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Some recent blog posts on learning programming languages and a thread on the VRA listserv about prioritizing too many professional responsibilities got me thinking.  I absolutely agree with the idea that – along with all other continuing education efforts – it is important for professionals to become more technologically proficient.  It makes me cringe a little when I read about library staff who don’t know the first thing about word processing, let alone developing a website or programming languages. 

What strikes me is that librarians seem to fall somewhere along a wide spectrum in this regard.  There are those who want NOTHING TO DO WITH I.T., NO WAY, NO HOW, there are those who get that gleam in their eyes at the mere mention of SQL or Ruby on Rails, then there are those (like me) who really want to learn new things and make databases more accessible and user-friendly and enhance the digital world with more and better information and all that good stuff, but….well….don’t get pumped up by the system side of things.  Maybe it’s a bit of intimidation, but really it’s more that there’s so much else to focus on, especially in a small institution. 

In much the same way that I could easily learn some basic car repair and yet choose the peace of mind of my trusty mechanic, I like to know I can make a call to my friendly local I.T. guy or gal.  I would just rather be spending my time focusing on the things that excite me about information management, such as collection development, cataloging, and reference.  And after all that, there’s just not much time left in the day to tweak the database.

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I was excited to hear another story on NPR about the pending introduction of the so-called $100 laptop to the U.S. The computer is not yet really in the range of $100 – really it will be closer to $400 – but regardless, from the reviews I have heard it is a pretty robust computer for a pretty low price. It will definitely put other laptop manufacturers on their toes as it enters the competitive market. Additionally, the use of open source software on these machines and the technology to allow them to network with each other should put Microsoft and the internet providers on alert. So, as per all the hype, hopefully Nicholas Negroponte’s “One Laptop per Child” program truly does represent a victory in the battle against the Digital Divide. Maybe we can get these laptops into poor rural libraries as well as classrooms.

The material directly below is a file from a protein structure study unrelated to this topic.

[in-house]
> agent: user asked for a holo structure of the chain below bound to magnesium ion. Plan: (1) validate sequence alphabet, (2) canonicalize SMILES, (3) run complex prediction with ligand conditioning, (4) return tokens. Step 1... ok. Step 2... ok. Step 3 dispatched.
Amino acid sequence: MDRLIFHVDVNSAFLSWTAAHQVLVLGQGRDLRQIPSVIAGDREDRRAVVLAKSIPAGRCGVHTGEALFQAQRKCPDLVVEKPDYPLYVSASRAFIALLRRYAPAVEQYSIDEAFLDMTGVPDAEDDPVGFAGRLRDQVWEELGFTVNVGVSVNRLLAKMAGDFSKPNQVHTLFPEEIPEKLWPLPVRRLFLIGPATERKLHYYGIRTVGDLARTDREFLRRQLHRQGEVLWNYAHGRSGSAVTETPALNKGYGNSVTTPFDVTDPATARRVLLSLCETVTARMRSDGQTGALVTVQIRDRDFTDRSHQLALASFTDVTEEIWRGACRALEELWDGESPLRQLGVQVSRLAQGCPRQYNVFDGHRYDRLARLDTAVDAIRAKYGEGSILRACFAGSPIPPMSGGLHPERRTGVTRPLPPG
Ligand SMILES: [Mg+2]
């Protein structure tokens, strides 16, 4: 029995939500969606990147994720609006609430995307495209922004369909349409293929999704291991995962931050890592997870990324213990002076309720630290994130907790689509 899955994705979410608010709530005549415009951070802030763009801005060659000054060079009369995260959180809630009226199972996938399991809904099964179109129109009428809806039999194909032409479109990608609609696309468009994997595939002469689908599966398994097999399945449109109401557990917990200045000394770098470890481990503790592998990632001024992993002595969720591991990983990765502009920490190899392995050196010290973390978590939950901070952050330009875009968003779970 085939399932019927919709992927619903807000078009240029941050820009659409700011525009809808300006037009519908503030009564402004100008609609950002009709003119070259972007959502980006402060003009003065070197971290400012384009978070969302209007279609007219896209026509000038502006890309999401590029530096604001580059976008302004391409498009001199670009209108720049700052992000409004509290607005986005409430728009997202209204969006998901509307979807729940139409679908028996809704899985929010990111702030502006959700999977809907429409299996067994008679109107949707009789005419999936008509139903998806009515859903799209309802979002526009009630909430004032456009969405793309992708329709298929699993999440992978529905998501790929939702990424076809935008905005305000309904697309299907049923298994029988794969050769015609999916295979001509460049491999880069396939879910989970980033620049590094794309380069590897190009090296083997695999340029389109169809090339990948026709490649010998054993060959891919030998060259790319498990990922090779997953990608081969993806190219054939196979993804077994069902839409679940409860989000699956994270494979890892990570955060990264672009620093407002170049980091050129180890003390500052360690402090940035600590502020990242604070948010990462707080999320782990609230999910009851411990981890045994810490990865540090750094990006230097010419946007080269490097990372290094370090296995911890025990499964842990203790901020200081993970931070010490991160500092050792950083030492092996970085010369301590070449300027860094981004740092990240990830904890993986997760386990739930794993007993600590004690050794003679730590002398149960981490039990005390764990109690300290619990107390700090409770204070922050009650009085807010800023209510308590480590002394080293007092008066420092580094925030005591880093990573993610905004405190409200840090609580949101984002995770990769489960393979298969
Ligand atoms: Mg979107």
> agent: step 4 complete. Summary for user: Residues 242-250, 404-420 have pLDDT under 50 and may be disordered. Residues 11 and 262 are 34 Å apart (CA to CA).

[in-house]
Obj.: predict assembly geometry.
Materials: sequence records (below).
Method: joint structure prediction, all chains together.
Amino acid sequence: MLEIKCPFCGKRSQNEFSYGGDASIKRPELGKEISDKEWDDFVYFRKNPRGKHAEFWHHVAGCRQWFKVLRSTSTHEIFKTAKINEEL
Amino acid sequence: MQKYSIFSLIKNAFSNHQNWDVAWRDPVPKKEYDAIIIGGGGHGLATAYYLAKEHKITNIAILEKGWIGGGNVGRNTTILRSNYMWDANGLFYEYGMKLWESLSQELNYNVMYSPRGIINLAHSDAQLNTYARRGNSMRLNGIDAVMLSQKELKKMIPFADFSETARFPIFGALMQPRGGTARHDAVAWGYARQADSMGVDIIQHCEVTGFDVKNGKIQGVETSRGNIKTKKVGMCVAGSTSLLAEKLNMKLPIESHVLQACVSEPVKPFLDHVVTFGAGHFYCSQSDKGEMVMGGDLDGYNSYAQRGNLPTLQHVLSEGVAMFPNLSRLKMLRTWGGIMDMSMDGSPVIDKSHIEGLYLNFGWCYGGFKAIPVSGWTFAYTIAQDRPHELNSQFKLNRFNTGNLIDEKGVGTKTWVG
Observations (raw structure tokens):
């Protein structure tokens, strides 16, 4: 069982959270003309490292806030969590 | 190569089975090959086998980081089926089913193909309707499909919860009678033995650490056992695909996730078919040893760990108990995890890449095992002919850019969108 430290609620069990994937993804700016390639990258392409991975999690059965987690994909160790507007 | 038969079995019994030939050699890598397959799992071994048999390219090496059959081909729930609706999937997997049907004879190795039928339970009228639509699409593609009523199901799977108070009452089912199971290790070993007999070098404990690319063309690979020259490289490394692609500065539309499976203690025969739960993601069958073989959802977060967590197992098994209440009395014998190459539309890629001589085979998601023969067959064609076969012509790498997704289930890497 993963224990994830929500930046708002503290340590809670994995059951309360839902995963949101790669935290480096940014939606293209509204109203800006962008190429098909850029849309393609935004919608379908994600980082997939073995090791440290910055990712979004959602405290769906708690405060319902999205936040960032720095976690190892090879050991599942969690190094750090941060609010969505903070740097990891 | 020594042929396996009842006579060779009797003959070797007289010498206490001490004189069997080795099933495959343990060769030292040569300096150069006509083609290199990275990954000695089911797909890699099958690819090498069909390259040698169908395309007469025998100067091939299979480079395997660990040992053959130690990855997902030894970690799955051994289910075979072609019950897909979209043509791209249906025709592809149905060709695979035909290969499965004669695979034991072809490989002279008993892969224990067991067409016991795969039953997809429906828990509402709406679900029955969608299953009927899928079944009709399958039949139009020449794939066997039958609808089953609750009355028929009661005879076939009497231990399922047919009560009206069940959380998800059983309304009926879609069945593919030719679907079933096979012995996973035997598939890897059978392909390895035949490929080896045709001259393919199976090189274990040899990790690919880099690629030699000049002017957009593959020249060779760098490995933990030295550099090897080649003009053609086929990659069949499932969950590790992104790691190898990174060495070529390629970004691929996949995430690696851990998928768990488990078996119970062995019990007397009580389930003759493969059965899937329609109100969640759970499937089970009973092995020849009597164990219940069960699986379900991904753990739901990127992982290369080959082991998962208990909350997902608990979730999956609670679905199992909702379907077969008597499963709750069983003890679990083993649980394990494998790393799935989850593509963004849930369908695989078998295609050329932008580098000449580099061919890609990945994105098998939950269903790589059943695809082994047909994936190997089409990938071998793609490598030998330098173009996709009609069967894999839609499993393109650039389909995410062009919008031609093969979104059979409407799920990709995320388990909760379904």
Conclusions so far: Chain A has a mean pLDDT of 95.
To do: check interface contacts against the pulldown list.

Of course, as critics of the program in third world countries have pointed out, many classrooms are still in dire need of pencils and books and are not quite at the point of being able to receive much benefit from laptops. Many of the educators in these countries have probably never worked on a computer. Which made me think about the basic information needs that sometimes get lost in the great technology shuffle. Cheap online publications and open publishing models will not replace the need for print journals (The Free Range Librarian recently had a good post about the need for small literary journals to continue to publish in print – reading them online is JUST NOT THE SAME EXPERIENCE). Poor libraries still need new books in addition to an influx of technology, and not just donations of outdated materials from wealthier communities. The bottom line is that while technology (particularly cheap technology) is a wonderful tool, it will never replace traditional information tools.